Social media is interesting: every time an artist or entertainer creates a new work, it’s going to get mixed reviews. Even in the case of a highly popular TV series like Game of Thrones, the armchair critics come out with their claws sharpened—especially when something doesn’t satisfy their expectations.
On HBO, this reached a peak frenzy with The Sopranos’ infamous cut-to-black ending. I was a fan of the show, watched it live, and I have to admit I was one of those poor souls who leaped to his feet, thinking the cable was out. When the credits rolled, it felt like a punch in the gut.
I didn’t like David Chase’s ending for the series, but I respect the artistic choice. In retrospect, it was actually a pretty genius move. With Game of Thrones, another epic HBO series, I had a slightly different reaction. I’ve already given away the game a bit with my headline, but let me explain what I mean.
- It didn’t satisfy your expectations. Yeah, I said it. I read a few social media posts, and an article or two, and one thing really blew my mind: a huge percentage of Game of Thrones fans wanted to see Jon Snow on the Iron Throne at the end. Now, I’m not enough of a GoT fanboy to say this definitively, but I can’t think of a worse, more cliché ending. Yay, the good guy wins! Yay, a happy ending! Have any of those people actually understood the show they were watching?
Secondly, there were several other reasons it didn’t satisfy your expectations. Who could have predicted Bran Stark as the king? I didn’t like that guy at all. If Jon was a loveable meathead who made multiple bad choices, Bran was the cold fish unloved by just about every male viewer, and probably not much loved by female viewers either. Come on, think about it: who did people expect to be king at the end? It might have been Cersei, or Jon, or Dany, but it wasn’t Bran.
Thirdly, didn’t you expect at least Jon, if not Tyrion, to die? I did, even during the finale. Again, unsatisfied expectations but an outcome that’s not altogether heartbreaking.
- It wasn’t anywhere near the bloodbath of the penultimate burn-the-city down episode. If you watched the whole season, you might have expected another massive slaughter at the end, with just a character or two surviving. But that’s generally not the way HBO rolls. Think of The Sopranos: although there were a whole slew of major characters who got whacked or injured in life-changing ways as the series moved toward its conclusion, the series finale had a surprisingly low body count. Of course, Tony may have been killed—or maybe not.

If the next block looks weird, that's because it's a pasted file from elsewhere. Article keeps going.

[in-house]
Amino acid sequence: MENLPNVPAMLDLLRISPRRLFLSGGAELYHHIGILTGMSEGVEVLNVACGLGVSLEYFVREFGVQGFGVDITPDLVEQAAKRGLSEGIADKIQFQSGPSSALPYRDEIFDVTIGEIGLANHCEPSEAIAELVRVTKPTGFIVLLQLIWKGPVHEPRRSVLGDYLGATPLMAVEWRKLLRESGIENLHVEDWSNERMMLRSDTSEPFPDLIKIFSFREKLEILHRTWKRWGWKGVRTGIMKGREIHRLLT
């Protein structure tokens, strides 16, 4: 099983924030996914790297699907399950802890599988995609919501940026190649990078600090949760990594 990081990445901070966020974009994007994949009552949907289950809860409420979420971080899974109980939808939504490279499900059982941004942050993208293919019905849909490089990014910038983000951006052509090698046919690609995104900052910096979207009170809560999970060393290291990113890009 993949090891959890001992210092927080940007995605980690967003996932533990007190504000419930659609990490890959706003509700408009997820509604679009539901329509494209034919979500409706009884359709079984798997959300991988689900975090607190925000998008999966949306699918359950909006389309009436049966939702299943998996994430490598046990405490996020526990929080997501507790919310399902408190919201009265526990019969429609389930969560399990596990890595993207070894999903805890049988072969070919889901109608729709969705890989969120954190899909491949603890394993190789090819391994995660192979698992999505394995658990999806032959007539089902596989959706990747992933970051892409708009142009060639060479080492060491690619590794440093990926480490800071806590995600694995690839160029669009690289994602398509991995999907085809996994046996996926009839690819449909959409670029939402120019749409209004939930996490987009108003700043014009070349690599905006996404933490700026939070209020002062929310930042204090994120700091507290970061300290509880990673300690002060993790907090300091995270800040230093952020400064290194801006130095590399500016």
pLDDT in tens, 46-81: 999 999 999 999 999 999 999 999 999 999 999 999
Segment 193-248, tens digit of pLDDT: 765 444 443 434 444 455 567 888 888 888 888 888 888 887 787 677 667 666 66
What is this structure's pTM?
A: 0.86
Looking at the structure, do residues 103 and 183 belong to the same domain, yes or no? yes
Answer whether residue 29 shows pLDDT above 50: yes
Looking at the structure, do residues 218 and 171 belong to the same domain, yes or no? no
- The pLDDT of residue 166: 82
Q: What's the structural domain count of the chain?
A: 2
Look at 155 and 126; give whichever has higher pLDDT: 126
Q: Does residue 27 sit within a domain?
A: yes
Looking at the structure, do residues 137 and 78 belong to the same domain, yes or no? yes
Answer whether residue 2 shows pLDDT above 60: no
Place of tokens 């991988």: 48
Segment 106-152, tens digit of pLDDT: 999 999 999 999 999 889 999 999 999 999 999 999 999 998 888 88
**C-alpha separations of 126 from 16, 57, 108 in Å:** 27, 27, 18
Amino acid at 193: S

My point is that you don’t need a constant series of deaths to have a great story, and in fact, too much murder and mayhem can hinder a story. By moving between battles and quiet aftermath, the showrunners masterfully made it feel like a real-life sequence of events, not the end of a cheesy fantasy series.
- The character arcs were logical and the cinematography was spectacular—and the end formed a slight cinematographic circle I wouldn’t have noticed if someone hadn’t pointed it out to me.
On the character arc issue, I have to say I agree artistically with the outcomes for the major characters: Cersei and her brother Jaime deserved their fate, and it was ironic that they died in the place they wanted to protect; Tyrion’s outcome made sense in that he ended up getting what he said he didn’t want (but probably did anyway); and Arya’s adventures at sea leave open the possibility of a movie.
Sadly, Dany deserved to die, if only because she was such a danger to the kingdoms. The showrunners got a lot of heat on social media, much of which implied that Dany’s transformation was inexplicable. But actually, it wasn’t all that surprising: heartbroken by Jon’s rejection, stung by the betrayal or outright rejection of just about everyone around her, why wouldn’t she take out not only Cersei but half the city as well? And there were plenty of warning signs along the way, as Tyrion mentioned to Jon in the finale.
As for Jon, I’d say he was lucky to have escaped at all. I guess a lot of fans loved the guy, but I really didn’t care for the character. Not a bad person, mind you, but what a fool. He should never have opened his big yap and told so many relatives he was Dany’s nephew, he should have run like hell as soon as he stabbed Dany (how did he not end up Drogon barbecue?), and on and on. I’d have to chalk it up to dumb luck—or the showrunners’ unwillingness to kill off a beloved character—that he survived the entire series.
Lastly, the cinematographic circle I mentioned above: I found a post on social media showing that the last shot of the series finale was almost exactly the same as that of the series opener. (You can see the images here.) Genius!
So it just goes to show: you can make intelligent, reasonable choices in your storytelling that avoid cliché or corny endings, but still anger a whole bunch of fans. It comes with the territory. All I can say is thank goodness all those Monday morning quarterbacks weren’t running the show.